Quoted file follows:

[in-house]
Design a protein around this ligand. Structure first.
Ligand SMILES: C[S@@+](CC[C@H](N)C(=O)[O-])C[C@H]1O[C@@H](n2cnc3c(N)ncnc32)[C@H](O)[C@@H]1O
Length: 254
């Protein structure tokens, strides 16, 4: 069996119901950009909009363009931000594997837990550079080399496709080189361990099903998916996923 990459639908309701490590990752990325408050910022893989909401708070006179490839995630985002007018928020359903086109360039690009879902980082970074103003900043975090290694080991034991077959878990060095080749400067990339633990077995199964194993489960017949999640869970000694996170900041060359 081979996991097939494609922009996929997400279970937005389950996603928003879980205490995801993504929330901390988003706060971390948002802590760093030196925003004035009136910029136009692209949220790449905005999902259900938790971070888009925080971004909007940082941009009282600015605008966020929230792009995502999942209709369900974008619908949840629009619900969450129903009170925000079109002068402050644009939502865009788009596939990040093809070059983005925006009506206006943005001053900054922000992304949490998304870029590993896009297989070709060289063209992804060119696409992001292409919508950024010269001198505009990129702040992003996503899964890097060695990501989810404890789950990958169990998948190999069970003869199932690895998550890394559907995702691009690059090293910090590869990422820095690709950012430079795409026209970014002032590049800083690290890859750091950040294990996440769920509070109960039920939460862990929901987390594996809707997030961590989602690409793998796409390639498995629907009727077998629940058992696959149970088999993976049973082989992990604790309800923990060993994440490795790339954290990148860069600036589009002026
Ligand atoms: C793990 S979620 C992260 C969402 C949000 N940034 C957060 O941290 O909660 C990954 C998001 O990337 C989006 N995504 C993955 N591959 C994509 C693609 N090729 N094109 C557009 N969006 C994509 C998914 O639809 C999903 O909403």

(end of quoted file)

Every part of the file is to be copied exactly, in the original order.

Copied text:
[in-house]
Design a protein around this ligand. Structure first.
Ligand SMILES: C[S@@+](CC[C@H](N)C(=O)[O-])C[C@H]1O[C@@H](n2cnc3c(N)ncnc32)[C@H](O)[C@@H]1O
Length: 254
């Protein structure tokens, strides 16, 4: 069996119901950009909009363009931000594997837990550079080399496709080189361990099903998916996923 990459639908309701490590990752990325408050910022893989909401708070006179490839995630985002007018928020359903086109360039690009879902980082970074103003900043975090290694080991034991077959878990060095080749400067990339633990077995199964194993489960017949999640869970000694996170900041060359 081979996991097939494609922009996929997400279970937005389950996603928003879980205490995801993504929330901390988003706060971390948002802590760093030196925003004035009136910029136009692209949220790449905005999902259900938790971070888009925080971004909007940082941009009282600015605008966020929230792009995502999942209709369900974008619908949840629009619900969450129903009170925000079109002068402050644009939502865009788009596939990040093809070059983005925006009506206006943005001053900054922000992304949490998304870029590993896009297989070709060289063209992804060119696409992001292409919508950024010269001198505009990129702040992003996503899964890097060695990501989810404890789950990958169990998948190999069970003869199932690895998550890394559907995702691009690059090293910090590869990422820095690709950012430079795409026209970014002032590049800083690290890859750091950040294990996440769920509070109960039920939460862990929901987390594996809707997030961590989602690409793998796409390639498995629907009727077998629940058992696959149970088999993976049973082989992990604790309800923990060993994440490795790339954290990148860069600036589009002026
Ligand atoms: C793990 S979620 C992260 C969402 C949000 N940034 C957060 O941290 O909660 C990954 C998001 O990337 C989006 N995504 C993955 N591959 C994509 C693609 N090729 N094109 C557009 N969006 C994509 C998914 O639809 C999903 O909403």